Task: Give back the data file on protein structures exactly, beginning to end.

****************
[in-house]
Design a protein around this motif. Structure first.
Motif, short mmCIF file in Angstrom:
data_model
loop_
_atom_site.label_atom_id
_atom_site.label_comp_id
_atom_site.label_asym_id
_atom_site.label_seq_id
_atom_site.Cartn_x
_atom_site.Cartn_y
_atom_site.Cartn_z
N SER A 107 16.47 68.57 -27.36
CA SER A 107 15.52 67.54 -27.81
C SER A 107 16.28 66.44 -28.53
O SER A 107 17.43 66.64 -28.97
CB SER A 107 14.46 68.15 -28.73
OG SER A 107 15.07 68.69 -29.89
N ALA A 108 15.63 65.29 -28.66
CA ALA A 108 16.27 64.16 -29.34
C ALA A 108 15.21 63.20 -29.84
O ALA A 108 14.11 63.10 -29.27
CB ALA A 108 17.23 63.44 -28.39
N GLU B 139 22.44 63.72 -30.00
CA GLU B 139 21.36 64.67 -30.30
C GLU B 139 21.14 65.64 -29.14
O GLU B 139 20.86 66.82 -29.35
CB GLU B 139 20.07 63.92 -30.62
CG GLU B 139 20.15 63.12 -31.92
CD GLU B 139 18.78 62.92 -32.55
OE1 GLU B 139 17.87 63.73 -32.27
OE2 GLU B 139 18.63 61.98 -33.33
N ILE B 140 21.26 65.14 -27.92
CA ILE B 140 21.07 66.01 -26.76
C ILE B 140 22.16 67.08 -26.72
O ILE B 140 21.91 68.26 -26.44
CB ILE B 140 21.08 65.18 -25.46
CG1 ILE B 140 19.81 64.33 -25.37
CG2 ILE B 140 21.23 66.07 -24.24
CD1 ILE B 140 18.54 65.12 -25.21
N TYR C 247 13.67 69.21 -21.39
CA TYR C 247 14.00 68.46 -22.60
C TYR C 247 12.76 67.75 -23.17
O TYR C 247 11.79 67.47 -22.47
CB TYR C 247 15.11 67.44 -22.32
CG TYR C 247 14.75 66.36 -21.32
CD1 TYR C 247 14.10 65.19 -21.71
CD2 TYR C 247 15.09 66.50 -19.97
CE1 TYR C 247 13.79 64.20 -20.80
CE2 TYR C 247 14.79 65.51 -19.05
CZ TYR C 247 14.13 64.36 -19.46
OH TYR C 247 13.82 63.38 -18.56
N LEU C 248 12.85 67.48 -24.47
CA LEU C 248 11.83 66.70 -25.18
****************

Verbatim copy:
[in-house]
Design a protein around this motif. Structure first.
Motif, short mmCIF file in Angstrom:
data_model
loop_
_atom_site.label_atom_id
_atom_site.label_comp_id
_atom_site.label_asym_id
_atom_site.label_seq_id
_atom_site.Cartn_x
_atom_site.Cartn_y
_atom_site.Cartn_z
N SER A 107 16.47 68.57 -27.36
CA SER A 107 15.52 67.54 -27.81
C SER A 107 16.28 66.44 -28.53
O SER A 107 17.43 66.64 -28.97
CB SER A 107 14.46 68.15 -28.73
OG SER A 107 15.07 68.69 -29.89
N ALA A 108 15.63 65.29 -28.66
CA ALA A 108 16.27 64.16 -29.34
C ALA A 108 15.21 63.20 -29.84
O ALA A 108 14.11 63.10 -29.27
CB ALA A 108 17.23 63.44 -28.39
N GLU B 139 22.44 63.72 -30.00
CA GLU B 139 21.36 64.67 -30.30
C GLU B 139 21.14 65.64 -29.14
O GLU B 139 20.86 66.82 -29.35
CB GLU B 139 20.07 63.92 -30.62
CG GLU B 139 20.15 63.12 -31.92
CD GLU B 139 18.78 62.92 -32.55
OE1 GLU B 139 17.87 63.73 -32.27
OE2 GLU B 139 18.63 61.98 -33.33
N ILE B 140 21.26 65.14 -27.92
CA ILE B 140 21.07 66.01 -26.76
C ILE B 140 22.16 67.08 -26.72
O ILE B 140 21.91 68.26 -26.44
CB ILE B 140 21.08 65.18 -25.46
CG1 ILE B 140 19.81 64.33 -25.37
CG2 ILE B 140 21.23 66.07 -24.24
CD1 ILE B 140 18.54 65.12 -25.21
N TYR C 247 13.67 69.21 -21.39
CA TYR C 247 14.00 68.46 -22.60
C TYR C 247 12.76 67.75 -23.17
O TYR C 247 11.79 67.47 -22.47
CB TYR C 247 15.11 67.44 -22.32
CG TYR C 247 14.75 66.36 -21.32
CD1 TYR C 247 14.10 65.19 -21.71
CD2 TYR C 247 15.09 66.50 -19.97
CE1 TYR C 247 13.79 64.20 -20.80
CE2 TYR C 247 14.79 65.51 -19.05
CZ TYR C 247 14.13 64.36 -19.46
OH TYR C 247 13.82 63.38 -18.56
N LEU C 248 12.85 67.48 -24.47
CA LEU C 248 11.83 66.70 -25.18